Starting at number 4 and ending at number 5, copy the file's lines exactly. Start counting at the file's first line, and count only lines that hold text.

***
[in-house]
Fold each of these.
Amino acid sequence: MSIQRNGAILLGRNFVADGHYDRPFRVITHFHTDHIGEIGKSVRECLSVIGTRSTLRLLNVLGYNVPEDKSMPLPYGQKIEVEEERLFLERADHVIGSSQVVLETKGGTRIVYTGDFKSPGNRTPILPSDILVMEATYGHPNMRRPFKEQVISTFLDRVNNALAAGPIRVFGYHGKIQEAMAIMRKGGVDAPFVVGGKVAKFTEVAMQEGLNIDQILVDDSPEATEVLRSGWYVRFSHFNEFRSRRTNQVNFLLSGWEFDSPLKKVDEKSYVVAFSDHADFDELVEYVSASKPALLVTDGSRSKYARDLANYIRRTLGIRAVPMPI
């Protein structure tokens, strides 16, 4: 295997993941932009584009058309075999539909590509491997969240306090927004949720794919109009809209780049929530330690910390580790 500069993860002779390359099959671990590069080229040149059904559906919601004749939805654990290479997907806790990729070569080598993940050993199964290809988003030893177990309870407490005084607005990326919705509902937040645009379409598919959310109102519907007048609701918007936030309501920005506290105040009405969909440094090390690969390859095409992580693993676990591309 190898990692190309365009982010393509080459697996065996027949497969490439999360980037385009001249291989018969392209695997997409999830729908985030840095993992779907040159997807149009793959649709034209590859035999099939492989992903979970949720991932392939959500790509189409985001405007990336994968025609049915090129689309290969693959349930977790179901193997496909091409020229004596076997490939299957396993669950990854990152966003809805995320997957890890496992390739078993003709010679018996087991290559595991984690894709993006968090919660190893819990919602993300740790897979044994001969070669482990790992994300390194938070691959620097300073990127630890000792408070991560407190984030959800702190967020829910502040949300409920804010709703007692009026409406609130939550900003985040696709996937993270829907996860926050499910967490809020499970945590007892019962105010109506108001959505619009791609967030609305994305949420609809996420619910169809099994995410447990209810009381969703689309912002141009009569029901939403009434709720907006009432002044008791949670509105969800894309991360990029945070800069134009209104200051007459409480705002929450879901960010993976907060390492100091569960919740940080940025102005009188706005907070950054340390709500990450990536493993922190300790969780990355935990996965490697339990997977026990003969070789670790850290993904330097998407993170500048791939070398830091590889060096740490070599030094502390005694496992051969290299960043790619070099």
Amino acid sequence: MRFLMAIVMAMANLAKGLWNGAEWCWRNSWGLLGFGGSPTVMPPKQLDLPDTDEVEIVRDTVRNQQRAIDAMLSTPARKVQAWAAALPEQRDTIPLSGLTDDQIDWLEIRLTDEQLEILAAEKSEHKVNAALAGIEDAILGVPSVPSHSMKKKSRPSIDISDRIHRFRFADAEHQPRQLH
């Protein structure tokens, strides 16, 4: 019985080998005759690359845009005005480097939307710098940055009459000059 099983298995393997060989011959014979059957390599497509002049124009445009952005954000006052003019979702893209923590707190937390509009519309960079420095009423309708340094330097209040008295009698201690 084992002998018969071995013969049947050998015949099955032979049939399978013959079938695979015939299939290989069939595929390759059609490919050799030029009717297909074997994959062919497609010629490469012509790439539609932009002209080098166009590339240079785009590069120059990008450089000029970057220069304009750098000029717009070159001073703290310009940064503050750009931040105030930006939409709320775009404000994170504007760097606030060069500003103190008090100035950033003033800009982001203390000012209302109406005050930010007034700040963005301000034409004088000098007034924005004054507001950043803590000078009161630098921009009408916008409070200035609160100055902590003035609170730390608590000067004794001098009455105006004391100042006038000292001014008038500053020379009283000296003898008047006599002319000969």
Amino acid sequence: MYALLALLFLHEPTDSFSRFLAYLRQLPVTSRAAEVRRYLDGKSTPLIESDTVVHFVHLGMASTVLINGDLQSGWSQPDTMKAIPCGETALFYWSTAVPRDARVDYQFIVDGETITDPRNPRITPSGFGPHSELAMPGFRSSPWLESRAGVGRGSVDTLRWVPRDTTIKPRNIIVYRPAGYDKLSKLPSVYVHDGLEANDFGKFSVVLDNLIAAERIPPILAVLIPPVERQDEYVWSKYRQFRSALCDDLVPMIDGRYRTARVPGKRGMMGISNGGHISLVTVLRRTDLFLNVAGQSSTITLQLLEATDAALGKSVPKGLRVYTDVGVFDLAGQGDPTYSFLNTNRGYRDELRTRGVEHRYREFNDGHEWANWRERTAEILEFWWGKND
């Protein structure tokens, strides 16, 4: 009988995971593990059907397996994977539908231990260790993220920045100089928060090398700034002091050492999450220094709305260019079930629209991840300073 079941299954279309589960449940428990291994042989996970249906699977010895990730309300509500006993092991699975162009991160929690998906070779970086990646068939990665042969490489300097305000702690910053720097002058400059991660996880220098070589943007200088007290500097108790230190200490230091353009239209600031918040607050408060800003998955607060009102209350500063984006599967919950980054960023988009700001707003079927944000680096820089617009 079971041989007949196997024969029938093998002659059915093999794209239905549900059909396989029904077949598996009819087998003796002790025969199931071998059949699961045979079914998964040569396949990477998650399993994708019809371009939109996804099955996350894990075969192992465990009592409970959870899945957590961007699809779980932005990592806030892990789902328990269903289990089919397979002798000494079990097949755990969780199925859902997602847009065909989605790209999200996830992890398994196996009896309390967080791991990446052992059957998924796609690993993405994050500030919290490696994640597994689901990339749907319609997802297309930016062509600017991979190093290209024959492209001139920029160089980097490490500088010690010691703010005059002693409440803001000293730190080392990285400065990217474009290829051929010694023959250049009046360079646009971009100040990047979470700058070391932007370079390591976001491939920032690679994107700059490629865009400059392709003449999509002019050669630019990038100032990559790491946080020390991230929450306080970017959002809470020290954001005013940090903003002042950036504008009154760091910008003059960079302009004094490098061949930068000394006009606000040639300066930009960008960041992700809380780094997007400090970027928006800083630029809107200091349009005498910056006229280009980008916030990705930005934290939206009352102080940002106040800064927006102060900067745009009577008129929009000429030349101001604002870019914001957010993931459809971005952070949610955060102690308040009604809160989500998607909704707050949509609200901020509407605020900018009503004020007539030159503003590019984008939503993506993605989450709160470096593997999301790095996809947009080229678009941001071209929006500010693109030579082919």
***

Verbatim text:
């Protein structure tokens, strides 16, 4: 295997993941932009584009058309075999539909590509491997969240306090927004949720794919109009809209780049929530330690910390580790 500069993860002779390359099959671990590069080229040149059904559906919601004749939805654990290479997907806790990729070569080598993940050993199964290809988003030893177990309870407490005084607005990326919705509902937040645009379409598919959310109102519907007048609701918007936030309501920005506290105040009405969909440094090390690969390859095409992580693993676990591309 190898990692190309365009982010393509080459697996065996027949497969490439999360980037385009001249291989018969392209695997997409999830729908985030840095993992779907040159997807149009793959649709034209590859035999099939492989992903979970949720991932392939959500790509189409985001405007990336994968025609049915090129689309290969693959349930977790179901193997496909091409020229004596076997490939299957396993669950990854990152966003809805995320997957890890496992390739078993003709010679018996087991290559595991984690894709993006968090919660190893819990919602993300740790897979044994001969070669482990790992994300390194938070691959620097300073990127630890000792408070991560407190984030959800702190967020829910502040949300409920804010709703007692009026409406609130939550900003985040696709996937993270829907996860926050499910967490809020499970945590007892019962105010109506108001959505619009791609967030609305994305949420609809996420619910169809099994995410447990209810009381969703689309912002141009009569029901939403009434709720907006009432002044008791949670509105969800894309991360990029945070800069134009209104200051007459409480705002929450879901960010993976907060390492100091569960919740940080940025102005009188706005907070950054340390709500990450990536493993922190300790969780990355935990996965490697339990997977026990003969070789670790850290993904330097998407993170500048791939070398830091590889060096740490070599030094502390005694496992051969290299960043790619070099």
Amino acid sequence: MRFLMAIVMAMANLAKGLWNGAEWCWRNSWGLLGFGGSPTVMPPKQLDLPDTDEVEIVRDTVRNQQRAIDAMLSTPARKVQAWAAALPEQRDTIPLSGLTDDQIDWLEIRLTDEQLEILAAEKSEHKVNAALAGIEDAILGVPSVPSHSMKKKSRPSIDISDRIHRFRFADAEHQPRQLH